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look upon the legitimate fruit of Southern principles, and from this time forth, in the name of God and humanity, come out from among them and be separate, and touch not the unclean thing.

And still we linger by the open grave. One look more ere the clods fall and the tomb enfolds him in its cold embrace. Is it not some ghastly nightmare--some dreadful dream from which we shall awake by and by to find the nation still undisgraced by murder, and him still at the helm ? Alas, alas! the cold reality will not depart at our bidding. Abraham Lincoln is dead. Gone from a nation's burdens and a nation's love. Stricken down in the fore front of the battle; his great work done, yet with his armor on, in the high noon of a noble, successful, God-fearing manhood. And by that sterling worth, that simple piety, that kindness and tenderness, that never faltering faith in God and humanity, he, being dead, yet speaketh. Aye, speaketh. I hear his voice come down to us from the tranquil heights of his eternal rest bidding us be true to ourselves, true to our national idea, true to freedom, true to God, daring to be just though the Heavens fall. I hear him saying to the nation: “Away with

these idle tears, these vain regrets; ye have no time now for lamentation ;

• The day of the Lord is at hand, at hand,
Its storms roll up the sky.'

and the meekest of saints may find stern work to do. Up and be doing !"

We hear thee beloved leader, and here, beside thy tomb, we put off our sackcloth and ashes and take our armor to ourselves again. . We turn our faces to the future, and from under the shadow of this dispensation we go forth with girded loins and trimmed lamps and in God's strength to work out our destiny. We leave thee with God on thy mount of vision, and press on at the beck of our new leader to that promised land which thou sawest from afar, but wert not permitted to enter; press on, bearing the inspiration of thy courage into battles yet to come.

And thou shalt be gloriously avenged one day, Thou shalt be avenged when our Union, the object of thy dearest desire, shall stand cemented anew, “now and forever, one and inseparable” Thou shalt be avenged in every look which down-trodden humanity shall send across the sea to our land, then, as never before, the home of the oppressed.

Thou shalt be

avenged when one heart and one mind shall animate the people; when Americans shall know no North, no South, and one starry flag, the dear old banner which was the joy of thine eyes, cover with its ample folds the children of those who now thirst for each others blood. Thou shalt be avenged when the echo of war shall have died out from our hillsides, and the war desolated land be blossoming like a paradise beneath the willing hand of free industry. Thou shalt be avenged when, beneath the Palmetto’s shade, Africa's sons shall teach their children to lisp thy name, and bedew thine immortal charter with their grateful tears. Oh! even amid the grand realities which ere this have dawned upon thy vision, thou shalt not surely be so far removed from sympathy with the land thou lovedst and diedst for, that thou wilt not follow her career with thy spirit gaze, and smile with heavenly joy, when thou shalt see peace within her walls and prosperity within her palaces. And so, till our work be done, and we follow thee into the silence, we bid thee farewell. Sleep! beloved ruler! Rest! great, tender, careworn heart! Sleep sweetly in the bosom of the West, while the gratitude of the downtrodden and the love of the nation gather like clustering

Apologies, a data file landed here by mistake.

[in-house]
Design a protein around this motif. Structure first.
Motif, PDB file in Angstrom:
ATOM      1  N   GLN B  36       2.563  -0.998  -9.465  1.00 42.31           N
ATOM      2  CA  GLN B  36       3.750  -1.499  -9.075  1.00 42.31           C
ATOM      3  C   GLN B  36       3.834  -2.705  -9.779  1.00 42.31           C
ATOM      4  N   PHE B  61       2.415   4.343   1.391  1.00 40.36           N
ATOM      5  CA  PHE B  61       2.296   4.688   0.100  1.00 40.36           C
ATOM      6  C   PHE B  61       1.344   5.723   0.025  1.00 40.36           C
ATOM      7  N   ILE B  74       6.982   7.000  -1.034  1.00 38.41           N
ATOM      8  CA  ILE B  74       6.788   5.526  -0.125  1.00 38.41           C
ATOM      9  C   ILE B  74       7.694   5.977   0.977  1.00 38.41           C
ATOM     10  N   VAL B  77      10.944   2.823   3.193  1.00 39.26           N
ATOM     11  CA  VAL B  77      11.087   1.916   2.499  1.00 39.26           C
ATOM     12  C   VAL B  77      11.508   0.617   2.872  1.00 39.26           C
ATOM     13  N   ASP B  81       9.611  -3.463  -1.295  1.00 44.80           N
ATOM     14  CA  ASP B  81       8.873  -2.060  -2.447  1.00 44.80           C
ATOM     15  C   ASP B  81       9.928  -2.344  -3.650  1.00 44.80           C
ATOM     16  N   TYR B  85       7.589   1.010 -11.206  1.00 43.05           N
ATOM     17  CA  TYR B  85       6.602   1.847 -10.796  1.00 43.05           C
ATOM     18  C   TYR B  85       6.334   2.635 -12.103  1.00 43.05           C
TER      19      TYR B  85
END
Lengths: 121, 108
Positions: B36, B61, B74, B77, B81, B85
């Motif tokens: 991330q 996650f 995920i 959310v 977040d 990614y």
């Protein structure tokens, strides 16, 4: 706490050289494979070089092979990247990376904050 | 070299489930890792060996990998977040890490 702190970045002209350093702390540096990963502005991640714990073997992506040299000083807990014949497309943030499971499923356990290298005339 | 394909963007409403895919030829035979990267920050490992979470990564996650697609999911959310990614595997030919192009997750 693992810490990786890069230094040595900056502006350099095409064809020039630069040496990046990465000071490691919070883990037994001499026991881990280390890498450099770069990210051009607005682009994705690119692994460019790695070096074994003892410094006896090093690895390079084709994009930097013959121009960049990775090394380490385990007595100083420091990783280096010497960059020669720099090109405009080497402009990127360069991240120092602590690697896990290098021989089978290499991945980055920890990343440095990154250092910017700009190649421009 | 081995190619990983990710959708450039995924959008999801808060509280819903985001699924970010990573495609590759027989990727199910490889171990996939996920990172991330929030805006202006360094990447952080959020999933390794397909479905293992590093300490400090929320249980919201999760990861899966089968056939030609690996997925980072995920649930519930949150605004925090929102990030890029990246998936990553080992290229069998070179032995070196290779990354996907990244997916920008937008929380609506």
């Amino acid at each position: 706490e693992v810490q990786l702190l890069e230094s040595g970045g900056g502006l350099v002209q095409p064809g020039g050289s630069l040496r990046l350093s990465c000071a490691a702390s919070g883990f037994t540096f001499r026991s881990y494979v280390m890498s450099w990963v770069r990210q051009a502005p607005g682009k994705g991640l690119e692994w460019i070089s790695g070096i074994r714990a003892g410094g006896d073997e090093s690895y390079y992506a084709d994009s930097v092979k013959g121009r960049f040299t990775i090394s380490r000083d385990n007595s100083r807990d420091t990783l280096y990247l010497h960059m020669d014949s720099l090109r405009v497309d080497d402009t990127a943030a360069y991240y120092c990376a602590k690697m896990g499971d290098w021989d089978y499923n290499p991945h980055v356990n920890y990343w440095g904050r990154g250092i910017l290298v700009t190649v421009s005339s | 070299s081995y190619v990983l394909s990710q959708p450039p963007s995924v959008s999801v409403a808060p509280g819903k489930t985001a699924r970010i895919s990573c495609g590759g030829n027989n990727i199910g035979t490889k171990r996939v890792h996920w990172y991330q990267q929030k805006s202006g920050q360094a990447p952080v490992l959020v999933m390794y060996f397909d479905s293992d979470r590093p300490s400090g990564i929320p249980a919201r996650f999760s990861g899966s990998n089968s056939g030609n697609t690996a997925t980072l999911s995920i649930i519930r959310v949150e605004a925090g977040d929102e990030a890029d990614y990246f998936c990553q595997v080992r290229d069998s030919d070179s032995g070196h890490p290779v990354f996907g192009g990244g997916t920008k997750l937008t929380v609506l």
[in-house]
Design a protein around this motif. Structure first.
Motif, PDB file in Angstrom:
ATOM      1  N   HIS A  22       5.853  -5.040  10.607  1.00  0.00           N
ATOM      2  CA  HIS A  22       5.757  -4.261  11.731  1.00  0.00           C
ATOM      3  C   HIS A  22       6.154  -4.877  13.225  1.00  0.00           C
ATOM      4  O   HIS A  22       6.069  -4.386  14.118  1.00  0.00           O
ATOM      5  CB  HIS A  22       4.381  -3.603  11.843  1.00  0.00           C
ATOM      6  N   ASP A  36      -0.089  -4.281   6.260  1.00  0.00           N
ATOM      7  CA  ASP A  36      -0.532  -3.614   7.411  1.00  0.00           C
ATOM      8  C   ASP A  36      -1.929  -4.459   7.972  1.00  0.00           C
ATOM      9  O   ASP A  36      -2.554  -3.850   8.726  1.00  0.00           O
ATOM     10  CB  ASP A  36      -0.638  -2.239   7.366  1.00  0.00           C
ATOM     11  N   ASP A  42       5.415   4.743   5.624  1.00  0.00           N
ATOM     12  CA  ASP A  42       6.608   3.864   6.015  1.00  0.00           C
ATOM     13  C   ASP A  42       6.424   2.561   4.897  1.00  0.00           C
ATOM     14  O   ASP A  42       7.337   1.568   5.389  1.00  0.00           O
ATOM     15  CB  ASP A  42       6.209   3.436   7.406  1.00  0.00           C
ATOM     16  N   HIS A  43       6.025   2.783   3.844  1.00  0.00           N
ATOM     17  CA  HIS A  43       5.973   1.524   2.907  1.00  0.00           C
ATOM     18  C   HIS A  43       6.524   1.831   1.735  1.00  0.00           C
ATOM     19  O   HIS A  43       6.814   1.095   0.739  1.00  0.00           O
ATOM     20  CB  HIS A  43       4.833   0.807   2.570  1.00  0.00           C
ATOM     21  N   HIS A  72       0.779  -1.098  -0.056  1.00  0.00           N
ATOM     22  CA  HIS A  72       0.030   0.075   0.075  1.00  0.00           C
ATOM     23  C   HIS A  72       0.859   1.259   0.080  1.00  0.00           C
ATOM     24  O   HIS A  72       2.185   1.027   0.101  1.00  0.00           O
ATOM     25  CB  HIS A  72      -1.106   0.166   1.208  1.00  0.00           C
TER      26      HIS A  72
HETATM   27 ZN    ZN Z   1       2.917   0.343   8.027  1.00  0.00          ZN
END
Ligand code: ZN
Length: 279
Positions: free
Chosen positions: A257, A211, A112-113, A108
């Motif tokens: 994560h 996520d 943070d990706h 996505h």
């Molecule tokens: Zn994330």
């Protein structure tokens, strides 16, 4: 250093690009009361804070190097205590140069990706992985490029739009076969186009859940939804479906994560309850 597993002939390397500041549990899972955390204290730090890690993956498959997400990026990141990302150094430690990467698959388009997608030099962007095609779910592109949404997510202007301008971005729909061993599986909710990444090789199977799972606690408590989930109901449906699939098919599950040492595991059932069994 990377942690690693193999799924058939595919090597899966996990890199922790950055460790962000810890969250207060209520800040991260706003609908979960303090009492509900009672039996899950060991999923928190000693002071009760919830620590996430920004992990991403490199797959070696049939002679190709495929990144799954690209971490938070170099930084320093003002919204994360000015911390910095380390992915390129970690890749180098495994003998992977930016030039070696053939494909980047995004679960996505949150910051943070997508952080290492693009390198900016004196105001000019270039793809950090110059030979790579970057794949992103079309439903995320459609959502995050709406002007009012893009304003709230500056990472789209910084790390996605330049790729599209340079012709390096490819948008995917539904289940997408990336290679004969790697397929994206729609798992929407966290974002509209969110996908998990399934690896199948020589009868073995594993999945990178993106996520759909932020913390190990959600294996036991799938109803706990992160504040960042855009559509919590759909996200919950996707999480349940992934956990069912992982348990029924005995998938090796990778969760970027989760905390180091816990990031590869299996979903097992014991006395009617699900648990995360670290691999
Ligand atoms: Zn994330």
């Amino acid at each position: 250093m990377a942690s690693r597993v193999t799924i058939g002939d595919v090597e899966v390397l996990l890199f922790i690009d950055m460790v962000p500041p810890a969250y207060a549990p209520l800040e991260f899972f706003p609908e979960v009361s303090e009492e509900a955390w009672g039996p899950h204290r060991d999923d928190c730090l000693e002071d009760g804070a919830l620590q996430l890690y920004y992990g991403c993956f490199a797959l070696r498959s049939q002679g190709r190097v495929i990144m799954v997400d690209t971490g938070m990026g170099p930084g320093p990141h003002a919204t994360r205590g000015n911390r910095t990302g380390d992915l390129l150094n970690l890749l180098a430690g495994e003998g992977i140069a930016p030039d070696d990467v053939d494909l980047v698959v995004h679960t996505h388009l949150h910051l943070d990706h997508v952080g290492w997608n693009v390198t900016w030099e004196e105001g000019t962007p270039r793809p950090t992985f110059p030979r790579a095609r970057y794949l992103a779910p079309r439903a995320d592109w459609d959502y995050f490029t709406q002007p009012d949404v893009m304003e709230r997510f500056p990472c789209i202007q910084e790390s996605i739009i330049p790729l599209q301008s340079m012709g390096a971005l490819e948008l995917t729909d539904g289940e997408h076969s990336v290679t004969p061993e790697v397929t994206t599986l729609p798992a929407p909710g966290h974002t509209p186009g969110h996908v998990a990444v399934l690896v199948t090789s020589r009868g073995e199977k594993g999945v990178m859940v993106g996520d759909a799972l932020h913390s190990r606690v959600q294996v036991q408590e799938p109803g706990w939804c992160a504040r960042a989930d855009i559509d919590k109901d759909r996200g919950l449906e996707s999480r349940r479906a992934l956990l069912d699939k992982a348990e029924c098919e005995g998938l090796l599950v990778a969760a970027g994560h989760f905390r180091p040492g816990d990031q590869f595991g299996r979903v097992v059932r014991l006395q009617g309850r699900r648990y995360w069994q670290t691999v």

vines round thy tomb, and thy monument points through the years to Heaven, telling the oppressed of a liberator and the tyrant of an avenger.

“Uplifted high in heart and hope are we,
Until we doubt not that, for one so true
There must be other, nobler work to do,
And viotor he must ever be.
For tho' the giant ages heave the hill,
And break the shore, and evermore
Make and break and work their will ;
Tho' worlds on worlds in myriad myriads roll
Round us, each with different powers,
And other forms of life than ours,
What know we greater than the soul ?
On God and godlike men we build our trust.
Hush ! The dead-march wails in the people's ears :
The dark crowd moves, and there are sobs and tears;
The black earth yawns ; the mortal disappears;
Ashes to ashes, dust to dust:
He is gone who seemed so great,
Gone, but nothing can bereave him
Of the force he made his own
Being here, and we believe him
Something far advanced in state
Ard that he wears a truer crown
Than any wreath that man can weave him.
But speak no more of his renown,
Lay your earthly fancies down
And in the vast cathedral leave him;
God accept him-Christ receive him.”

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